|Part of a series on|
The talk is a colloquial expression for a conversation Black parents in the United States feel compelled to have with their children and teenagers about the dangers they face due to racism or unjust treatment from authority figures, law enforcement or other parties, and how to de-escalate them. The practice dates back generations and is often viewed as a rite of passage for Black children.
Black youth in the United States have "always been warned" about dealing with authority figures safely and instructed by their parents or other caregivers on the dangers they face due to racism. Variations of the talk have been conducted in Black families for decades or generations; the practice "dates back to slavery and has lasted centuries".
The talk has evolved. In the 1940s the talk might have covered avoiding certain neighborhoods. In the 1980s it might have covered "how to dress, walk and act and to be mindful of how others could perceive them". In the 2010s it typically focused on interactions with the police.
Utne Reader called the talk "a rite of passage" for Black children. Judy Belk, writing in the Los Angeles Times, called the talk "an unfair but necessary burden we carry in the black community, one we reluctantly pass down" and "a painful ritual."
In 2020, during and after the George Floyd protests, some Black commentators called for white parents to have a similar talk with their children on how to behave when they witness racist behavior and how to be anti-racist. Later that year, during the final 2020 United States presidential debate, moderator Kristen Welker asked both candidates to express their opinions on the talk.
The conversation often focuses on how to de-escalate encounters with police especially given the high frequency of Black men being pulled over for minor, insignificant or non-existent issues, also referred to as driving while black. Sometimes the talk addresses encounters with white supremacists or vigilantes.
The "talk" has been described as an example of preparation for bias in racial-ethnic socialization and typically addresses specific advice in dealing with interactions with law enforcement. Brooks et al. (2016) described the type of advice for those confronted by law enforcement while driving:
The perception of a need for these behaviours has been described as racialized legal cynicism.
According to PBS, the talks usually include instructions such as:
If you are stopped by the police: Always answer 'yes sir, no sir'; never talk back; don’t make any sudden movements; don’t put your hands in your pockets; obey all commands; if you think you are falsely accused, save it for the police station. I would rather pick you up at the station than the morgue…"— The Talk: Race in America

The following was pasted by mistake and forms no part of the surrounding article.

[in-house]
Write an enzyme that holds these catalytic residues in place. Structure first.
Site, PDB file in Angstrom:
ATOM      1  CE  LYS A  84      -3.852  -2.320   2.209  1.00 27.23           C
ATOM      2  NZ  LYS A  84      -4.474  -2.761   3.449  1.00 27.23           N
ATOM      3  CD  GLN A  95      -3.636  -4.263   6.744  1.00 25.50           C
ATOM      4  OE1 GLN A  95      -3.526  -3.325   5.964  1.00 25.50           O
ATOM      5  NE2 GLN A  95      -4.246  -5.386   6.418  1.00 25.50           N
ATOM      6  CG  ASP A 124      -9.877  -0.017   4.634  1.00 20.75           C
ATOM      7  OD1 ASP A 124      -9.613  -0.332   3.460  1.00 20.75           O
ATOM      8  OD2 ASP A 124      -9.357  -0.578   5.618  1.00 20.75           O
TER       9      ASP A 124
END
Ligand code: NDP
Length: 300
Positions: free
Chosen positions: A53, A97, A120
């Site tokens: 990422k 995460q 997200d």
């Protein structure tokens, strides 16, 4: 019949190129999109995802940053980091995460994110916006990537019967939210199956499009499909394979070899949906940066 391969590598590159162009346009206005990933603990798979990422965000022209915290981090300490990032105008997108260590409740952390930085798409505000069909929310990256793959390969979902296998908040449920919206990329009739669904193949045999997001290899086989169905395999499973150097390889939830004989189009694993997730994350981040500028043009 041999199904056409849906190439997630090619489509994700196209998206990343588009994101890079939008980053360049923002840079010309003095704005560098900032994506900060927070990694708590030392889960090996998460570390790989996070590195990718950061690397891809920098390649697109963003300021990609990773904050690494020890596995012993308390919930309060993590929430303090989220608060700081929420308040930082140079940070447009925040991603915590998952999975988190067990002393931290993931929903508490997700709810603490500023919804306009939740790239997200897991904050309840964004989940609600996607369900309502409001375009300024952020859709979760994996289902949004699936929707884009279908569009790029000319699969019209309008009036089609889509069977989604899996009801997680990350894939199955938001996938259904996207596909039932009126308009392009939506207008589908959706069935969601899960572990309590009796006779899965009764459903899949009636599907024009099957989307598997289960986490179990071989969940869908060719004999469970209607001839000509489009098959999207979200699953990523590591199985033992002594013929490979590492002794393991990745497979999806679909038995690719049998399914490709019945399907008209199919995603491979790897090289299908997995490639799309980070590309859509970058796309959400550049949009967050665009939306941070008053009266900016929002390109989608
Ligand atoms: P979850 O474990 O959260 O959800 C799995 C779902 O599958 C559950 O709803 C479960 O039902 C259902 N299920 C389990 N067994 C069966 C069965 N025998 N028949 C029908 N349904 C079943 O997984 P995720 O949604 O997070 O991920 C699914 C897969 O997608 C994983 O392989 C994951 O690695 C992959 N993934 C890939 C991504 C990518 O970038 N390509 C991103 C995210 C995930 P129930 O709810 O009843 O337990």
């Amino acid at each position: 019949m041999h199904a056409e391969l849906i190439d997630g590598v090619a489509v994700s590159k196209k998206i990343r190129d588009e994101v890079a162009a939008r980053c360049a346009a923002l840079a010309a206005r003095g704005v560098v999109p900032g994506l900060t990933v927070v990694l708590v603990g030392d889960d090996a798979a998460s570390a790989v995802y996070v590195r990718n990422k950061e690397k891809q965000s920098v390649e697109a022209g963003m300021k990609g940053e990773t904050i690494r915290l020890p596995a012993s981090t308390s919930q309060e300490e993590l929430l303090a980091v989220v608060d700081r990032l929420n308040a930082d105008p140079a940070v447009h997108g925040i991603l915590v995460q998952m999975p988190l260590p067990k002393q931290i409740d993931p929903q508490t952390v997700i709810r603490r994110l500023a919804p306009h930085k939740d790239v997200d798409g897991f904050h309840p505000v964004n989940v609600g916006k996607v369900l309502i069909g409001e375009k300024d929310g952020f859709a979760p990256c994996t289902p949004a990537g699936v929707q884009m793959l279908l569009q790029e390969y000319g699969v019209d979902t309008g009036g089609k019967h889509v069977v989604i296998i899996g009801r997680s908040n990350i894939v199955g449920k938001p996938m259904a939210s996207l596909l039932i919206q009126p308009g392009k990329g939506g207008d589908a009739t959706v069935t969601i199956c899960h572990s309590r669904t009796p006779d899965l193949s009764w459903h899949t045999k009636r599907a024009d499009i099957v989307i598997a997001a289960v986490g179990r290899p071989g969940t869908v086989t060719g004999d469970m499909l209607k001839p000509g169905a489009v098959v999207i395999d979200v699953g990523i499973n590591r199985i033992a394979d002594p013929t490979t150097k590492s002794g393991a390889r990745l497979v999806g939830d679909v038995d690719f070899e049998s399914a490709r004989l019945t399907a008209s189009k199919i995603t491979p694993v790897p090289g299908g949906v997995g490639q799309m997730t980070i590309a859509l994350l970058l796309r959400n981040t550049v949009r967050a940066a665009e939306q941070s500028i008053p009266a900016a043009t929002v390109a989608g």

According to Vox, for Black people in the United States, "a typical police stop turning into a violent encounter is a very real, terrifying possibility."
Some Black parents focus on not only safety but also dignity and pride.
There are five common general approaches parents take:
Parents often combine multiple approaches. Research indicates the avoidance of discussion and teaching messages of mistrust are the least effective. Focussing on pride and societal issues is typically more effective.
The New York Times made a short documentary in 2015 featuring the experiences of Black Americans in having this conversation with their children and their memories of their own parents' conversations with them. A 2016 episode of black-ish featured three generations of a Black family watching television as a verdict in a police brutality case was announced; ABC rebroadcast it June 2, 2020, in response to the murder of George Floyd and subsequent protests. PBS created a two-hour documentary, The Talk: Race in America, in 2017. Procter & Gamble produced a commercial called "The Talk" in 2017. A 2018 episode of Grey's Anatomy included a Black couple having the talk with their son. The 2018 film The Hate U Give includes a scene where a parent gives the talk to his children.
A 2018 book for 4-to-8-year-olds, Something Happened in Our Town, recommends having the first talk prior to preschool and another when children start venturing independently into public space.
In 2019, PBS station WFYI, the SALT Project, Trinity United Church of Christ and Christian Theological Seminary partnered to develop a short video for young Black men called "Get Home Safely: 10 Rules of Survival". On August 4, 2020, British TV channel Channel 4 aired a documentary featuring the experiences of black Britons in having this conversation with their parents. Stars who contributed included Rochelle Humes, Tinie Tempah and Leigh-Anne Pinnock.
In 2022, the educational animation video, The Black and Blue Code, was produced as a guide to dealing with police for "Black and Brown" youth, teens, and people with disabilities. The work covers the history of policing, trauma among groups, and best practices when interacting with police.